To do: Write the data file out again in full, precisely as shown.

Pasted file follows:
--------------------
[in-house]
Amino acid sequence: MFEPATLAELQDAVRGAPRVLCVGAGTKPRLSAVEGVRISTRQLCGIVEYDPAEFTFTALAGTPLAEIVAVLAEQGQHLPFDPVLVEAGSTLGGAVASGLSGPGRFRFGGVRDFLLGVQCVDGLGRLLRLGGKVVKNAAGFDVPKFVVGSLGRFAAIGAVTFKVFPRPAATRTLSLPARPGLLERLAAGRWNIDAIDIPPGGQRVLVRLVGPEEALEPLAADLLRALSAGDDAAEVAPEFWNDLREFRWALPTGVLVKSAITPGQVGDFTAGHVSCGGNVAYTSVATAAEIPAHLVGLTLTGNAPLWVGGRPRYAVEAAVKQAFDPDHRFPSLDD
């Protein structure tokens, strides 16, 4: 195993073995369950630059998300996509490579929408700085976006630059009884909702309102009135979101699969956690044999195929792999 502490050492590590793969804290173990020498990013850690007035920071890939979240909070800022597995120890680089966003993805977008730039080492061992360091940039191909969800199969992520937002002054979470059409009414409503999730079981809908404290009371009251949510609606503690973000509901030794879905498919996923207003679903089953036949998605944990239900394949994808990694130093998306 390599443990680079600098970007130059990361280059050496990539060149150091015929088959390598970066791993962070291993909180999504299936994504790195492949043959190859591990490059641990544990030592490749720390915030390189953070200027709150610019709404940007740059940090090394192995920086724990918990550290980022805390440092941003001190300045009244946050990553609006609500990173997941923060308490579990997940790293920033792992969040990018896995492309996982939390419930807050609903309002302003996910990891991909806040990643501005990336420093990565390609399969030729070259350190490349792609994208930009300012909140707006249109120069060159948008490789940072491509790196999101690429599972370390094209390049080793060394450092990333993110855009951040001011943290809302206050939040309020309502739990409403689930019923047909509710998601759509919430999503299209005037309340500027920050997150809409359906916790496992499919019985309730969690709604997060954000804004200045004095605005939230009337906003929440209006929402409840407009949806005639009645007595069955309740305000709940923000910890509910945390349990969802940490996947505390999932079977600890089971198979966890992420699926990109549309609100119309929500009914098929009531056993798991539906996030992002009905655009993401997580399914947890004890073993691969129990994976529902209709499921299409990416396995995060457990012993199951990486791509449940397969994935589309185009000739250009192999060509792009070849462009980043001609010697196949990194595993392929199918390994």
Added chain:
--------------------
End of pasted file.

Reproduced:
[in-house]
Amino acid sequence: MFEPATLAELQDAVRGAPRVLCVGAGTKPRLSAVEGVRISTRQLCGIVEYDPAEFTFTALAGTPLAEIVAVLAEQGQHLPFDPVLVEAGSTLGGAVASGLSGPGRFRFGGVRDFLLGVQCVDGLGRLLRLGGKVVKNAAGFDVPKFVVGSLGRFAAIGAVTFKVFPRPAATRTLSLPARPGLLERLAAGRWNIDAIDIPPGGQRVLVRLVGPEEALEPLAADLLRALSAGDDAAEVAPEFWNDLREFRWALPTGVLVKSAITPGQVGDFTAGHVSCGGNVAYTSVATAAEIPAHLVGLTLTGNAPLWVGGRPRYAVEAAVKQAFDPDHRFPSLDD
């Protein structure tokens, strides 16, 4: 195993073995369950630059998300996509490579929408700085976006630059009884909702309102009135979101699969956690044999195929792999 502490050492590590793969804290173990020498990013850690007035920071890939979240909070800022597995120890680089966003993805977008730039080492061992360091940039191909969800199969992520937002002054979470059409009414409503999730079981809908404290009371009251949510609606503690973000509901030794879905498919996923207003679903089953036949998605944990239900394949994808990694130093998306 390599443990680079600098970007130059990361280059050496990539060149150091015929088959390598970066791993962070291993909180999504299936994504790195492949043959190859591990490059641990544990030592490749720390915030390189953070200027709150610019709404940007740059940090090394192995920086724990918990550290980022805390440092941003001190300045009244946050990553609006609500990173997941923060308490579990997940790293920033792992969040990018896995492309996982939390419930807050609903309002302003996910990891991909806040990643501005990336420093990565390609399969030729070259350190490349792609994208930009300012909140707006249109120069060159948008490789940072491509790196999101690429599972370390094209390049080793060394450092990333993110855009951040001011943290809302206050939040309020309502739990409403689930019923047909509710998601759509919430999503299209005037309340500027920050997150809409359906916790496992499919019985309730969690709604997060954000804004200045004095605005939230009337906003929440209006929402409840407009949806005639009645007595069955309740305000709940923000910890509910945390349990969802940490996947505390999932079977600890089971198979966890992420699926990109549309609100119309929500009914098929009531056993798991539906996030992002009905655009993401997580399914947890004890073993691969129990994976529902209709499921299409990416396995995060457990012993199951990486791509449940397969994935589309185009000739250009192999060509792009070849462009980043001609010697196949990194595993392929199918390994």
Added chain: